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South Carolina defines anti-Semitism as ‘demonizing Israel’ in campus bias investigations

Stalled bill gets approved in budget

The State Department defines anti-Semitism as “demonizing Israel, applying a double standard to Israel and delegitimizing Israel.”

Starting in July, so will public colleges in South Carolina – assuming the language survives reconciliation between the state House and Senate.

Language from a bill approved a year ago by the House that stalled in the Senate was inserted into the state’s $8 billion budget, which as of Thursday night has passed both chambers, The Post and Courier reports.

Because of the budget maneuver, the law would only set the definition of anti-Semitism on campus for the fiscal year that starts in July. According to the Jewish Telegraphic Agency, the language is likely to survive reconciliation.

In an email blast Friday, the Brandeis Center for Human Rights Under Law said Republican Gov. Henry McMaster previously endorsed the language and has pledged to sign it into law.

The uniform definition would be consulted when public colleges are “reviewing, investigating, or deciding whether there has been a violation of an institutional policy prohibiting discriminatory practices on the basis of religion,” the language reads. It explicitly says the definition is not to be “construed to diminish or infringe upon” rights in the First Amendment or state constitution.

The anti-Semitism definition was never intended as an “enforcement tool” by the State Department, according to JTA:

The bill uses as its template the State Department definition of anti-Semitism, which includes as anti-Semitic calls for violence against Jews, advancing conspiracy theories about Jewish control and Holocaust denial. More controversially, it also includes “applying double standards” to Israel “by requiring of it a behavior not expected or demanded of any other democratic nation.”

It was shepherded by Republican Rep. Alan Clemmons and Sen. Larry Grooms.

Pro-Israel educational organization StandWithUs praised the language approval.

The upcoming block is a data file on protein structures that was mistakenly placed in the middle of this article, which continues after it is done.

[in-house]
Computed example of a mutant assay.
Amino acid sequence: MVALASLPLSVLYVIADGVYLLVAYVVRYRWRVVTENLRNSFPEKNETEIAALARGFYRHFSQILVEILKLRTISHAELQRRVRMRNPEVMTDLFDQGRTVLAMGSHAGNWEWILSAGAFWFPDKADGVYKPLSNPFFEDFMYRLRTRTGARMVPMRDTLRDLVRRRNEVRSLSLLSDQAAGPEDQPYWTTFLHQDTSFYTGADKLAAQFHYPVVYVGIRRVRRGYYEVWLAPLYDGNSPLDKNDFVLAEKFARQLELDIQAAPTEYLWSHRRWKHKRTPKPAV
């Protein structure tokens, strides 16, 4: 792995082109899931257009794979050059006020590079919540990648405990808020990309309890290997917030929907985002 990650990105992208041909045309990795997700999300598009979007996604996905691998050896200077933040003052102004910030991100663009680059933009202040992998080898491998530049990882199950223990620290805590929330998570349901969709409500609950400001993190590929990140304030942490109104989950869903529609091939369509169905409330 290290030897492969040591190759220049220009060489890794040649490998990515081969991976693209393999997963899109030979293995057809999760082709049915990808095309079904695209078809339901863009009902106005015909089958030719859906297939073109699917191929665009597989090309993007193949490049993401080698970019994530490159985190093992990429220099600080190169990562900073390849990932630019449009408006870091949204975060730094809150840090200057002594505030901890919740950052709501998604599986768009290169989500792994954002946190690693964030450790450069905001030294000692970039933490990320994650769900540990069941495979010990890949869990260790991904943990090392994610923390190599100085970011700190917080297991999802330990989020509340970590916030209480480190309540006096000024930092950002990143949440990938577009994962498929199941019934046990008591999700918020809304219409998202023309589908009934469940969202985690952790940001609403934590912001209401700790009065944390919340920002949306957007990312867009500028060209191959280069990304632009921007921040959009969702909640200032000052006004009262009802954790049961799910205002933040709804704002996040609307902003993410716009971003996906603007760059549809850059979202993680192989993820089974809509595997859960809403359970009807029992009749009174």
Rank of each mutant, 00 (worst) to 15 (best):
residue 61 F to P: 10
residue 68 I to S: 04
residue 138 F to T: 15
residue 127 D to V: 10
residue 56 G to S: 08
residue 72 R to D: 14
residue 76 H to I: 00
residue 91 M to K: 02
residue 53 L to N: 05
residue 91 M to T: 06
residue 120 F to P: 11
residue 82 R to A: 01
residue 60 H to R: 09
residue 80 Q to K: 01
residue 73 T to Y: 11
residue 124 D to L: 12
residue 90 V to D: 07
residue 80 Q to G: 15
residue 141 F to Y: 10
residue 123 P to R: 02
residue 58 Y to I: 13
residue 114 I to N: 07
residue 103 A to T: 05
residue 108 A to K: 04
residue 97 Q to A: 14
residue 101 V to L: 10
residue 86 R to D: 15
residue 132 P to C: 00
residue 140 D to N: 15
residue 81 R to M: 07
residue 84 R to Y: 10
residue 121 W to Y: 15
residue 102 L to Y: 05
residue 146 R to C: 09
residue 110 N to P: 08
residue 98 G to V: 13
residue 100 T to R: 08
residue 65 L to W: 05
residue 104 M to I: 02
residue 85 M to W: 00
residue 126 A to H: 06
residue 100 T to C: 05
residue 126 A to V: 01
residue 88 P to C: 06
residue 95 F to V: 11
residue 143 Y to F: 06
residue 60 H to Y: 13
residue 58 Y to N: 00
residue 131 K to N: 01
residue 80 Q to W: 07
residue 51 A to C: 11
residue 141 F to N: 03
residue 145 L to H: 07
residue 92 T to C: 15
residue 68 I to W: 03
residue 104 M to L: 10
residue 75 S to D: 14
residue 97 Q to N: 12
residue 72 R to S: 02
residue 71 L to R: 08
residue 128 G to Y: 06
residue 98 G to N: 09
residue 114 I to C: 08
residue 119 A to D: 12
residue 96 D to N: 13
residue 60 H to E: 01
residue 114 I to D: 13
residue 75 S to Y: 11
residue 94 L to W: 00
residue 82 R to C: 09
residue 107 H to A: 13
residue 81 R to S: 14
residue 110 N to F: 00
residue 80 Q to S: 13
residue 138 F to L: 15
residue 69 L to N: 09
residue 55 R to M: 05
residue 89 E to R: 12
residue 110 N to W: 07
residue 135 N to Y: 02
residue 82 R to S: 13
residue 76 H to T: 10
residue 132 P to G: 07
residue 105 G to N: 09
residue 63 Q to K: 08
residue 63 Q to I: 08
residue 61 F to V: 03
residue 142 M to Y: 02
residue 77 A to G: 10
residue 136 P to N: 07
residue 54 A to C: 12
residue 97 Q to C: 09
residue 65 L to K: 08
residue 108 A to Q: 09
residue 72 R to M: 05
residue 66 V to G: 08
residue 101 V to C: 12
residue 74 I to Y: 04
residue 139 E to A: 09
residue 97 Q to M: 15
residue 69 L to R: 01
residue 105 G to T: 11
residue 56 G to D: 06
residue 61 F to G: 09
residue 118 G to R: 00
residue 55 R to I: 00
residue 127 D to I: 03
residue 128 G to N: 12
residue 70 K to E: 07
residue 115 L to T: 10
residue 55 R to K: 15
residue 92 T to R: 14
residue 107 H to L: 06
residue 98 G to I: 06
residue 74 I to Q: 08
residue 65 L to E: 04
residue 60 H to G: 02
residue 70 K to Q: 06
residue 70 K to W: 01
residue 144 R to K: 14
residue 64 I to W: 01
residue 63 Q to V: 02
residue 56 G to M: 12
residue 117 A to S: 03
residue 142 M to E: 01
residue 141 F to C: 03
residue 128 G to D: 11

“We have been dismayed by the rise of anti-Semitism, including harassment, intimidation and vandalism against Jewish students,” CEO Roz Rothstein said in a written statement: “With a clear definition of anti-Jewish bigotry, law enforcement and administrators will be better equipped to prosecute and prevent hate crimes.”

The Brandeis Center’s Aviva Vogelstein praised South Carolina for following up on its first-in-the-nation ban on state entities contracting with businesses that endorse anti-Israel boycotts.

“This bill gives South Carolina the tools to protect Jewish students’ and all South Carolina students’ right to a learning environment free of unlawful discrimination,” and “we are hoping this momentous step will result in another national wave to, once and for all, begin defeating rising anti-Semitism,” she said.

Joseph Sabag of the Israel Allies Foundation said the language will only be deployed “in instances when it is necessary to determine the intent of constitutionally unprotected activities, including assault, battery, harassment, intimidation and vandalism,” while protecting against “unlawful suppression of speech to ensure that all views can be fully expressed.”

Read the Post and JTA reports and original legislation.

IMAGE: amid999/Shutterstock

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